A half century ago, a new Western arrived on NBC, and four seasons later, it was gone, leaving a legacy of just under 100 episodes—less than a fourth of the Bonanzas or a sixth of the Gunsmokes. Yet this show’s popularity grows, here and abroad, with daily airings on INSP.
Last September, the remaining cast and crew—and 150 fans—of The High Chaparral gathered one last time to celebrate the 50th anniversary of the rugged and romantic Western series that Director-Writer Quentin Tarantino credits as an inspiration for 2015’s The Hateful Eight. The hosts for this opulent affair were series Production Manager Kent McCray and his wife, Susan, who helped cast the show.
The late David Dortort was an already incredibly successful creator of Bonanza when he branched off from the almost too-perfect Cartwrights to create what he’d later call a “dysfunctional Western family.”
Kent, who also managed the production of Bonanza, enjoyed the older show, but preferred the newer one, recalling, “In Bonanza, they had money, so people came to them; the stories were in and around the Ponderosa. The High Chaparral was a location [Old Tucson in Arizona] and had a lot of action.”
Not only action, but also a palpable sense of danger, and that rarity—unpredictability. It started with the pilot, when John Cannon (Leif Erickson) brings his lovely wife Annalee (Joan Caulfield), rebellious son Billy Blue (Mark Slade) and disreputable brother Buck (Cameron Mitchell) to the Arizona ranchland he’s bought. Incredibly, Annalee is immediately killed by Apaches and, almost as quickly, John Cannon acquires a new Mexican wife!
“We had the Mexican family of high esteem south of the border, and then we had the Tucson family, the (socially lower) Cannons,” recalls Henry Darrow, the ladies’ favorite as lovable wastrel Manolito, of the elegant Montoya clan. “And the man who played my father, Frank Silvera, negotiated a romance between his daughter [Victoria, played by Linda Cristal] and the old man, John Cannon.”
The quick marriage doesn’t sit well with Billy Blue, who has just lost his mother and was attracted to Victoria himself. And that’s just the pilot!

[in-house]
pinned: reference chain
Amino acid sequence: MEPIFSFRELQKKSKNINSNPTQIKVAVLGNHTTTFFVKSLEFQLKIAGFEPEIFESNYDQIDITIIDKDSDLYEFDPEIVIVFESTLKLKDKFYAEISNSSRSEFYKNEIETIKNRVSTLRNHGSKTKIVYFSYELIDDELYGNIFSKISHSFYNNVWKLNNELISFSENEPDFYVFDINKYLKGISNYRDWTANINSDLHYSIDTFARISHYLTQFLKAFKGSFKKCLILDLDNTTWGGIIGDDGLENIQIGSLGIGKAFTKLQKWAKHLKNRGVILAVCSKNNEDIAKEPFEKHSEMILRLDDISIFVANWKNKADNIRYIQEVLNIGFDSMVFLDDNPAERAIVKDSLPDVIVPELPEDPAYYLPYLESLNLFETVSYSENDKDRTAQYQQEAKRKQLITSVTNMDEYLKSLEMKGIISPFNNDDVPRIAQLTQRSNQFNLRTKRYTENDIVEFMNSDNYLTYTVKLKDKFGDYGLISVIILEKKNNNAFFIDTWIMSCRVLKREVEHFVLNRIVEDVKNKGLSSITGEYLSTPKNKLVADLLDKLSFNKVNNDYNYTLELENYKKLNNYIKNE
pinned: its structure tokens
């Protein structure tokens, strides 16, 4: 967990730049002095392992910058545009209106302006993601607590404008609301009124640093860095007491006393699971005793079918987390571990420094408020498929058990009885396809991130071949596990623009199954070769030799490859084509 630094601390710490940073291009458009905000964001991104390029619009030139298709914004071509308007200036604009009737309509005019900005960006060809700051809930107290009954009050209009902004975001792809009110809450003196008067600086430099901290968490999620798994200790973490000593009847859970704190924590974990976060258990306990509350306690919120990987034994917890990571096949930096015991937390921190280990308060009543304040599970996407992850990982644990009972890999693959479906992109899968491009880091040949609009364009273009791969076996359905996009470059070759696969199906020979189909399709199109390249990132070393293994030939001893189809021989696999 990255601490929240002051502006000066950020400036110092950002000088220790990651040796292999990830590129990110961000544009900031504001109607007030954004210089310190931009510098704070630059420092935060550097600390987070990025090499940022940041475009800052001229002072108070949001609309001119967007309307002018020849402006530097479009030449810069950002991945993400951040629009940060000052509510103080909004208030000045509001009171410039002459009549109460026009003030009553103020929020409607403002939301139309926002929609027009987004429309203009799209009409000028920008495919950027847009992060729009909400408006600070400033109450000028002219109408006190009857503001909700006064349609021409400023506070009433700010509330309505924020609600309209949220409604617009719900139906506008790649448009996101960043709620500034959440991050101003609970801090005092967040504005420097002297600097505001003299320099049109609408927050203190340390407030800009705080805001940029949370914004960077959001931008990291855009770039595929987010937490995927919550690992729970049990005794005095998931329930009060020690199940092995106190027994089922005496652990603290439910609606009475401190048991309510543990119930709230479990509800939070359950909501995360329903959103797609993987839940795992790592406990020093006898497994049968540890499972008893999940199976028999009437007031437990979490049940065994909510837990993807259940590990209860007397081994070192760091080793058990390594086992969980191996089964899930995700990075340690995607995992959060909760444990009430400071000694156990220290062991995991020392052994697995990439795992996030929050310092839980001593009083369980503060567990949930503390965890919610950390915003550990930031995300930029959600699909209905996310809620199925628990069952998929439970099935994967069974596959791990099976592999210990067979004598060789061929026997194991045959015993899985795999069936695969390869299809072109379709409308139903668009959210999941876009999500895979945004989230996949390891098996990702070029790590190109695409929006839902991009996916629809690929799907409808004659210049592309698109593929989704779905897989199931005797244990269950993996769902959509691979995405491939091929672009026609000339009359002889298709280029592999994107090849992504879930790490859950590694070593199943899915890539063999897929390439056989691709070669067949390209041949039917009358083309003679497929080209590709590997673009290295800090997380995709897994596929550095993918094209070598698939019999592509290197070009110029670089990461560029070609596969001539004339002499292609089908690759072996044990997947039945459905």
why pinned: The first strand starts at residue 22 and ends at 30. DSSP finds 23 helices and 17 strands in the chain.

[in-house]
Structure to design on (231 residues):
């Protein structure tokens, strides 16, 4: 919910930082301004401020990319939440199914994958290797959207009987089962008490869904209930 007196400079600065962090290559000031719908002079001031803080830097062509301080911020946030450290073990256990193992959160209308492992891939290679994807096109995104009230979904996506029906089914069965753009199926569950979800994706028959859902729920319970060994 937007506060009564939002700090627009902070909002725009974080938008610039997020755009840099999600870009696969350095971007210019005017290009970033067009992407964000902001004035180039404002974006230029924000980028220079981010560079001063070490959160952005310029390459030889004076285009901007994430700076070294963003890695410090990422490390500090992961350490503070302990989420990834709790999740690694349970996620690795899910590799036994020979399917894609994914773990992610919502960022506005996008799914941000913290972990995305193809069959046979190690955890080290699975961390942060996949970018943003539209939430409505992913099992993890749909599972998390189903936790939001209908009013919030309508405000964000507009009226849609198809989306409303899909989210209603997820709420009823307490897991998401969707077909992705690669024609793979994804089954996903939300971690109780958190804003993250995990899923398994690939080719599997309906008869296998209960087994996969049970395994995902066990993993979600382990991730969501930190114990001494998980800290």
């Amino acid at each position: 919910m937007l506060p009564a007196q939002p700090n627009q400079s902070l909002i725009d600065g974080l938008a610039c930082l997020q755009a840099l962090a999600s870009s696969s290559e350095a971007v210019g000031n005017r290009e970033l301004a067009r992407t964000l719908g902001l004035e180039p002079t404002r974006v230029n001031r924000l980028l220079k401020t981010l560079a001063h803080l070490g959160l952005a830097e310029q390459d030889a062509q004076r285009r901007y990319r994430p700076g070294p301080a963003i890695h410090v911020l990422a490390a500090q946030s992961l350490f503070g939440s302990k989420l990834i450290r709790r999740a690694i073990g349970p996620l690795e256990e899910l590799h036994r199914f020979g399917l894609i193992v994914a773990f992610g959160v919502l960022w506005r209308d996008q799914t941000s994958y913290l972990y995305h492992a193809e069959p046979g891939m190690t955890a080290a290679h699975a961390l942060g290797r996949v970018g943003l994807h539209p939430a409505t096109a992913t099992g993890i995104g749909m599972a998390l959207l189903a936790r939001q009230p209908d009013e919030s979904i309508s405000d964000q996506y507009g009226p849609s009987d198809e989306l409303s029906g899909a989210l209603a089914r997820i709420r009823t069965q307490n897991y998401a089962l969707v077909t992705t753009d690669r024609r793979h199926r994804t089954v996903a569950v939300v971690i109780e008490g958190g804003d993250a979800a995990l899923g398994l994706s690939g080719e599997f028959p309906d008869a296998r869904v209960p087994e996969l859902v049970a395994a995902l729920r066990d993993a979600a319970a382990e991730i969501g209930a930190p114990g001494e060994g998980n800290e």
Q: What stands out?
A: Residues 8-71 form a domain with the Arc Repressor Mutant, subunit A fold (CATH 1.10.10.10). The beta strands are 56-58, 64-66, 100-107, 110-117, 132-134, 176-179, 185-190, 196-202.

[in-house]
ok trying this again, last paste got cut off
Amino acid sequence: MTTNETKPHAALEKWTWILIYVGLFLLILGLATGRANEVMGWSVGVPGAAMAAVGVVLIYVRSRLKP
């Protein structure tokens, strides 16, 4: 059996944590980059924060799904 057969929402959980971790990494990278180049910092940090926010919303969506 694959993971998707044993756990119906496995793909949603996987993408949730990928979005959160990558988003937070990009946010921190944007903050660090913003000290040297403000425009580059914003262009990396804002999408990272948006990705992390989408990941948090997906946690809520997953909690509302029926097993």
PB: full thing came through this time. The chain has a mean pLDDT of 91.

One revolutionary element for the series that aired from 1967-1971 was the number of Hispanic actors who appeared in it. “The people in Latin America, people all over the world, love it. They all can relate to it,” Susan says.
Darrow agrees. “Dortort had such an affinity for Latin actors, and he used us. He hired almost every Latin who I had ever known of, about 100-odd people a year.”
The High Chaparral surely came along at the right time for the late actor Cameron Mitchell, who was represented at the reunion by his children, fellow actors Chip and Camille Mitchell, who said, “I think it saved his life.”
Cameron had acted with the best in the business—John Wayne, Clark Gable, Marilyn Monroe—but the Hollywood studio system collapsed. He was busy making European Westerns and horror films, but Camille remembers, “He was almost 50, and in those days, 50 was old for an actor.”
While flying to Rome to act in a movie, Cameron found himself sitting next to Dortort. Chip remembers, “They’d done The Ox-Bow Incident on TV together [for The 20th Century-Fox Hour], which got David an Emmy nomination.”
Dortort gave Cameron a copy of The High Chaparral script: “‘I thought you might want [to play] John Cannon.’ But Dad read the script and he immediately fell in love with the role of Buck,” Chip says.
“Cameron Mitchell was a character. He’d eat [while] wearing gloves. Show up blond without warning,” Kent remembers.
His costumes were made of black velour. “After a take, he’d jump in a water trough to cool off. With the velour, it didn’t show. But I thought he was the best actor on the show,” Kent says.
Deep-voiced Don Collier, who played foreman Sam Butler, had already performed in three films with John Wayne. His favorite episode on The High Chaparral was “Follow Your Heart,” where Butler finally gets a romance. “Though they killed my wife off,” Collier adds. “My favorite writer wrote that show, Denne Petitclerc.”
Petitclerc, who also wrote the pilot episode, was a protégé of author Ernest Hemingway.
With stories so dependent on action, a strong stunt crew was indispensable. The stunts were overseen by Henry Wills, who had spent two decades performing stunts on Republic serials and B-Westerns before becoming stunt coordinator on 1960’s The Magnificent Seven.
Stuntman Steve DeFrance, who calls Wills “my best mentor,” remembers the job as a 52-episode blur of action: “It was like working in a real ranch; every day was a day of work. In one [episode], we were Chaparral guys, running from the Comancheros, shooting back at them. Then we traded hats, rode back shooting this way as Comancheros. But in the afternoon, we changed into cavalry uniforms and came to our rescue.”
What killed the series? Assassinations.
Kent believes the “death of Robert Kennedy changed the attitude of television. They didn’t want to see people get killed, and that hurt us terribly.”
For what had been a life-and-death action series, adopting a “no-kill” policy became a credibility nightmare. Jackie Fuller, Cristal’s stunt double, recalls, “You’d have an Indian attack. A stunt man could act like he was shot, fall off the horse, but then you had to show him getting up and running off-screen.”
Soon, viewers were running away as well. The final episode, “A Man to Match the Land,” aired on March 12, 1971.
Most High Chaparral folks who are still around have retired. But Kent has just written his autobiography, and Susan says the couple is looking for a way to revive the series. That suits Collier fine: “It was fun to do. Sure wish we had time to do it again.”
Henry C. Parke is a screenwriter based in Los Angeles, California, who blogs about Western movies, TV, radio and print news: HenrysWesternRoundup.Blogspot.com.